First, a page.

One of the things I often hear is that doulas cost a lot of money.
And I get it.
When you see a one-time, often up-front price ranging from hundreds to thousands of dollars, it can be intimidating. Add to that the fluctuation of prices from doula to doula, and the process can become overwhelming.
So why are we so expensive? Truthfully, we're not. I say that as a person who would gasp (okay, maybe faint) whilst forking over a thousand dollars (or more) for a doula when my time comes.
So where does your doula fee go?
Experience and Training
Most parents who are looking to hire a doula start with where she was trained as well as how much experience she has. Doulas who have been through multiple trainings and have attended a great deal of births tend to charge more for their experience. But, that's not to say that a doula who has only attended a few births doesn't also charge "market price" for her services. While most of the money we earn for births goes towards logistics (more on that later), a chunk of it (at least for me) goes towards advanced training. This ultimately makes for better doulas.
The average cost of doula training is about $600, though I have seen it higher for week-long retreat-style trainings. Postpartum training can also range between $600-900. If you want to become a Certified Lactation Consultant, trainings can be as much as $900, and if you'd like to take it further to become an Internationally Board Certified Lactation Consultant, testing costs money as well. Becoming certified in Placenta Encapsulation, Child Birth Education, and Essential Oils and Herbs are trainings that most doulas want to add to their business. We earn these certifications and attend trainings based on our income.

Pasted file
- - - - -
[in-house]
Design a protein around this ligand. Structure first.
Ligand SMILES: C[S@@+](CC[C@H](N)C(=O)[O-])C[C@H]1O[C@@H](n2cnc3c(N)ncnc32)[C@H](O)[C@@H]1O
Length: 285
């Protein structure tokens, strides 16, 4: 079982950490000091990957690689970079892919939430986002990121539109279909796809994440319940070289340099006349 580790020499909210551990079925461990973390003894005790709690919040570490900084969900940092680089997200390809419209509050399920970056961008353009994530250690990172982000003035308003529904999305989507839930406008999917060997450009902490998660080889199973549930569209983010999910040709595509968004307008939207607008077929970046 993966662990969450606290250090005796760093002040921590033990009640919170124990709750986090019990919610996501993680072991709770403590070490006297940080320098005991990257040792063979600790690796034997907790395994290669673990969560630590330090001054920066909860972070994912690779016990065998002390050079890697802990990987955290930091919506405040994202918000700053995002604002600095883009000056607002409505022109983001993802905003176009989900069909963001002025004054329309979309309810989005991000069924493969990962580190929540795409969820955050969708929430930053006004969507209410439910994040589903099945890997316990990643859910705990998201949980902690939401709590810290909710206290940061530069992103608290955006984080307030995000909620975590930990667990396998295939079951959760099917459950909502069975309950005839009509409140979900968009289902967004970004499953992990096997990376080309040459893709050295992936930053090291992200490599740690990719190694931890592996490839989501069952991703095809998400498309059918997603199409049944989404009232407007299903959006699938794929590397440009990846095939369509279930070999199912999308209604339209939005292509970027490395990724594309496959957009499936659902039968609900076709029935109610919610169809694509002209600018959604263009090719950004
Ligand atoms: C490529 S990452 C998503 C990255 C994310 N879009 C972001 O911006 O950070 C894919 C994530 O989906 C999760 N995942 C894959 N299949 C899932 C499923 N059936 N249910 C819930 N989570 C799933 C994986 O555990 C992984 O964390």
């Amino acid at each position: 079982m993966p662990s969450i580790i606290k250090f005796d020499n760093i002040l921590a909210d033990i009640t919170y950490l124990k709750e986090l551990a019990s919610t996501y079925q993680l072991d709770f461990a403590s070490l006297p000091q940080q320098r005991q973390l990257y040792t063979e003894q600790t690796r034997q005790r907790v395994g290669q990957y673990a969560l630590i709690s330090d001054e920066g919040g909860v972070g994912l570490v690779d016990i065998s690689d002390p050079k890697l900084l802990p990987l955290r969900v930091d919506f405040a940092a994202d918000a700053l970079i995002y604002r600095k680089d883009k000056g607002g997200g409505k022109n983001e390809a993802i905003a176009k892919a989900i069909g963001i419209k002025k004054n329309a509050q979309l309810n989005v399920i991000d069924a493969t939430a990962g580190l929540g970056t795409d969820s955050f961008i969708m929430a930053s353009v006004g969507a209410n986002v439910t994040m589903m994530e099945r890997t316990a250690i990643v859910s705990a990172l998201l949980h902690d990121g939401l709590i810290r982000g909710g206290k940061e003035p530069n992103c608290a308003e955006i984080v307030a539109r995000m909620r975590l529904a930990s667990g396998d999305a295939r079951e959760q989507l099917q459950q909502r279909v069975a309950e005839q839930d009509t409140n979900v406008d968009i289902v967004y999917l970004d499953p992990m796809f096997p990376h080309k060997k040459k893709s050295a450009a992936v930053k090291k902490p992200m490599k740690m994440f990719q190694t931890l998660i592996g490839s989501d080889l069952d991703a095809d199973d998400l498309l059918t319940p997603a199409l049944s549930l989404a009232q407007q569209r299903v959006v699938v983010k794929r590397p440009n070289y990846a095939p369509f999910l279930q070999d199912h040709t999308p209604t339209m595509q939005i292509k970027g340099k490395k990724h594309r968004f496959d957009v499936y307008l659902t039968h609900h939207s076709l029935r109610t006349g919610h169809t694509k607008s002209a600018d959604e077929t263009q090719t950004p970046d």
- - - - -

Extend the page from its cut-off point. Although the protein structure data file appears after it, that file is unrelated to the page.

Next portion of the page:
Most doulas go on 24/7 call at least two weeks, but sometimes as early as a month before the time of a client's Estimated Due Date. This means they are essentially "on the clock" 24 hours a day. If I divided my current doula fee* of $850 by two weeks, I would average about $2.52 an hour without counting the amount of time doulas spend with their clients during their birth. Like most doulas, when a client calls me for their birth, I stay by their side until 2 hours after the baby is born and the parents are settled. This also means that we are not taking new clients. We are usually not going on initial consultations or meetings because we could be called to a birth at any moment. We are committed to our clients.
Gas, Food, Etc.
Doulas pay for their own gas or fare for public transportation to all consultations and prenatal visits. We also make postnatal visits (up to 2, or 3 in some cases) without charging a "postpartum doula fee." While we don't get lunch breaks, we do pay for our food, water, and supplies that we bring to each birth. This can range from books we loan to clients to birthing balls, rebozos, etc.
When a doula goes on call, she/he does so with the knowledge that at any time we could be called for a birth. This means we miss family time, vacations and trips, or nice dinners with our significant others. And when the time comes for baby to be born, we leave our full time jobs (if we work outside of doula-ing), family, and children for an undefined amount of time.
Is it Worth it?
I can't say that for anyone (typical doula answer). The evidence shows that having a doula-attended birth results in less intervention, fewer cases of unplanned c-section, better management of labor pains, shorter labors, and healthier breastfeeding relationships.
Like most doulas, I'm not in it for the money. I do what I do because I'm passionate about it. I love helping people become parents. There is still nothing more awe-inspiring than watching a baby be born. I get a rush from the sheer power and determination of women in labor and nothing beats the smell of amniotic fluid clinging to your clothes. The oxytocin that baby and new parent emit is intoxicating and contagious. I always tell parents that I interview with that they should pick a doula not by how much she costs, or her experience, but by how you feel when you are in her presence. And to my mind, that presence is priceless.
The microbial population living in breast milk and the transport of bacteria between mother and child play a crucial role in regulating health.